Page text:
Day of the Dead in Mexico is celebrated on November 1st (All Saint’s Day) and November 2nd (All Soul’s Day). Originally, the 1st was in honor of children who have died. The following day was for adults and is a National holiday is Mexico.

What Other Countries Celebrate Dia de Los Muertos?

The Day of the Dead festival is mostly considered a Mexican Holiday. However, you’ll find various versions of Dia de Muertos in many Latin American countries and anywhere there’s a Mexican population. For example, people have similar Dia de Los Muertos traditions in Brazil, Ecuador, Peru, and Guatemala. In fact, in Guatemala, the day of the dead traditions include flying massive incredibly ornate kites. Bolivians have their own Day of the Dead in traditions as well but in May.

While not specifically Halloween or Day of the Dead, many countries and regions have similarly themed traditions. For example, in Europe, the origins of Hallow’s Eve came at the end of the harvest season. In Asia, Japan has Obon in the summer and Taiwan considers the time the Lunar Calendar time around August and September to be Ghost Month. In both of these, traditional beliefs are that the dead return to the land of the living. Much is made about pleasing the ghosts during this time and staying away from any trouble with them. For example, I can tell you from personal experience that it would be very hard to get a typical Taiwanese person to go swimming with you during ghost month. They believe that spirits of those who drowned might keep you in the water with them. In contracts, Day of the Dead in Mexico is less about scares and fear and more about love and family.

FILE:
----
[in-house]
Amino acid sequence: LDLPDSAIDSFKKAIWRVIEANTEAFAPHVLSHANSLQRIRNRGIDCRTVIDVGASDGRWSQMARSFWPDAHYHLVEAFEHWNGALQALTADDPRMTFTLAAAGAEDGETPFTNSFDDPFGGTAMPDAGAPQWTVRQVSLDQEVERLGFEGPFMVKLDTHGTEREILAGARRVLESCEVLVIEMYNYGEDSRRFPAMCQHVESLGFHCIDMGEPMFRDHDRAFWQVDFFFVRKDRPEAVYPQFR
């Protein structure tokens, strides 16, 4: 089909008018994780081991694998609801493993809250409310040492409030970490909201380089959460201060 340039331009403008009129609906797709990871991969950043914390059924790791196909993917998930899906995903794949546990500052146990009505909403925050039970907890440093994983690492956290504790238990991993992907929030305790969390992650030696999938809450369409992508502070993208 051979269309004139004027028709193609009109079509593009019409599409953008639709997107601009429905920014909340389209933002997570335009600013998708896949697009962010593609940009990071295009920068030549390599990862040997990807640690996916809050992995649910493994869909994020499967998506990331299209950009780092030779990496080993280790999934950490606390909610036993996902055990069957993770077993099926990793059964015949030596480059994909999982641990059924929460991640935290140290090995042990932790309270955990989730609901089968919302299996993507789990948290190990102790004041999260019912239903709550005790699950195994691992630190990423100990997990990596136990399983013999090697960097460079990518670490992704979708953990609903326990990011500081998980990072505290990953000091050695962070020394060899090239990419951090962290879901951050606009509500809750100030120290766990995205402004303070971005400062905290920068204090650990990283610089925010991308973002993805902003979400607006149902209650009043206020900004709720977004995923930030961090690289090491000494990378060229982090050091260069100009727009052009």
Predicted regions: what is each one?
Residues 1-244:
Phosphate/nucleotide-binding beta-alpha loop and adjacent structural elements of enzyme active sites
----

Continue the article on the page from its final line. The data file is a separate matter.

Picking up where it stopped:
Day of the Dead Symbols

There are many important traditions associated with Dia de Los Muertos in Mexico. Where Halloween is all about pumpkins and candy, Mexican Day of the Dead symbols often has a deeper meaning. Here are a few of the most common Day of the Dead symbols.

Dia de Los Muertos Catrina – Day of the Dead Symbols

Dia de los muertos catrina 2019

Possibly the most famous Dia de Los Muertos symbol is La Catrina. This is usually portrayed as a female skeleton decked out in a fancy dress and sunhat festooned with flowers. The origins of the Dia de Los Muertos Catrina go back to the Aztecs, who worshiped Mictlāntēcutli, a goddess of death. Today’s fancy-dressed version of the Dia de Los Muertos catrina originates in a political cartoon from the early 20th Century.

Skulls and skeletons are often used as Dia de Los Muertos symbols and in other Mexican art to remind people of their own mortality. The Dia de Los Muertos Catrina is possibly the most famous use of such imagery. One of the most famous Dia de Los Muertos Catrina can be seen in Mexico City at the Diego Rivera Mural Museum. Here you’ll find one of Rivera’s most famous works: Dream of a Sunday afternoon along Central Alameda. Right in the center of this 15-meter mural is a Catrina standing next to Frida Kahlo.